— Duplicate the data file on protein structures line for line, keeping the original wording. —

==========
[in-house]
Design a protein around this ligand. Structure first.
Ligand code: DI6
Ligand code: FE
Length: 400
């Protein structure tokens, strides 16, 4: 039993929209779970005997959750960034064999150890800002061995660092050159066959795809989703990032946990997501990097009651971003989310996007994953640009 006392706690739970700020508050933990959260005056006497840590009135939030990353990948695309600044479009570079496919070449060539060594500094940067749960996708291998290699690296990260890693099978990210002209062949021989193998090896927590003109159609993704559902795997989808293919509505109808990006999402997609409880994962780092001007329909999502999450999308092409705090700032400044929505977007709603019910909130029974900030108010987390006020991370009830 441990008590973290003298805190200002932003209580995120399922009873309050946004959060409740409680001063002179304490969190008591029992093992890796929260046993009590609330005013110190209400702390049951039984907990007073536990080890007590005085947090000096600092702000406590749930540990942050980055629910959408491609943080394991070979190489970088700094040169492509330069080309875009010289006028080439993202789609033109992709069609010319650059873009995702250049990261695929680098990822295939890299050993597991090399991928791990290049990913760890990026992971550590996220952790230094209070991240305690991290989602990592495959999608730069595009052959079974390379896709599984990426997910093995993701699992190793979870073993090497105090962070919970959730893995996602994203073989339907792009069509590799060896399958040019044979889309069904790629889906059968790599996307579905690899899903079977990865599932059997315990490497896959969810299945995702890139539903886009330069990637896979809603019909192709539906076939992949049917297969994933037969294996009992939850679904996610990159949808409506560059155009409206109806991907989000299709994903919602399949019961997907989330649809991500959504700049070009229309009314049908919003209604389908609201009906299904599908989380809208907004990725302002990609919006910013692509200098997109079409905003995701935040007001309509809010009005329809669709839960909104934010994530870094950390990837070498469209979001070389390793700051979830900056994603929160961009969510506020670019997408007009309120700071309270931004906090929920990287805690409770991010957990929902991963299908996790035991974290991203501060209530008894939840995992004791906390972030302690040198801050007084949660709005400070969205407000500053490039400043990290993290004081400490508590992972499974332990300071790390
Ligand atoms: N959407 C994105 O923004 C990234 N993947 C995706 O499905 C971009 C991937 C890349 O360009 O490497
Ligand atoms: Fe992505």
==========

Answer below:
[in-house]
Design a protein around this ligand. Structure first.
Ligand code: DI6
Ligand code: FE
Length: 400
């Protein structure tokens, strides 16, 4: 039993929209779970005997959750960034064999150890800002061995660092050159066959795809989703990032946990997501990097009651971003989310996007994953640009 006392706690739970700020508050933990959260005056006497840590009135939030990353990948695309600044479009570079496919070449060539060594500094940067749960996708291998290699690296990260890693099978990210002209062949021989193998090896927590003109159609993704559902795997989808293919509505109808990006999402997609409880994962780092001007329909999502999450999308092409705090700032400044929505977007709603019910909130029974900030108010987390006020991370009830 441990008590973290003298805190200002932003209580995120399922009873309050946004959060409740409680001063002179304490969190008591029992093992890796929260046993009590609330005013110190209400702390049951039984907990007073536990080890007590005085947090000096600092702000406590749930540990942050980055629910959408491609943080394991070979190489970088700094040169492509330069080309875009010289006028080439993202789609033109992709069609010319650059873009995702250049990261695929680098990822295939890299050993597991090399991928791990290049990913760890990026992971550590996220952790230094209070991240305690991290989602990592495959999608730069595009052959079974390379896709599984990426997910093995993701699992190793979870073993090497105090962070919970959730893995996602994203073989339907792009069509590799060896399958040019044979889309069904790629889906059968790599996307579905690899899903079977990865599932059997315990490497896959969810299945995702890139539903886009330069990637896979809603019909192709539906076939992949049917297969994933037969294996009992939850679904996610990159949808409506560059155009409206109806991907989000299709994903919602399949019961997907989330649809991500959504700049070009229309009314049908919003209604389908609201009906299904599908989380809208907004990725302002990609919006910013692509200098997109079409905003995701935040007001309509809010009005329809669709839960909104934010994530870094950390990837070498469209979001070389390793700051979830900056994603929160961009969510506020670019997408007009309120700071309270931004906090929920990287805690409770991010957990929902991963299908996790035991974290991203501060209530008894939840995992004791906390972030302690040198801050007084949660709005400070969205407000500053490039400043990290993290004081400490508590992972499974332990300071790390
Ligand atoms: N959407 C994105 O923004 C990234 N993947 C995706 O499905 C971009 C991937 C890349 O360009 O490497
Ligand atoms: Fe992505």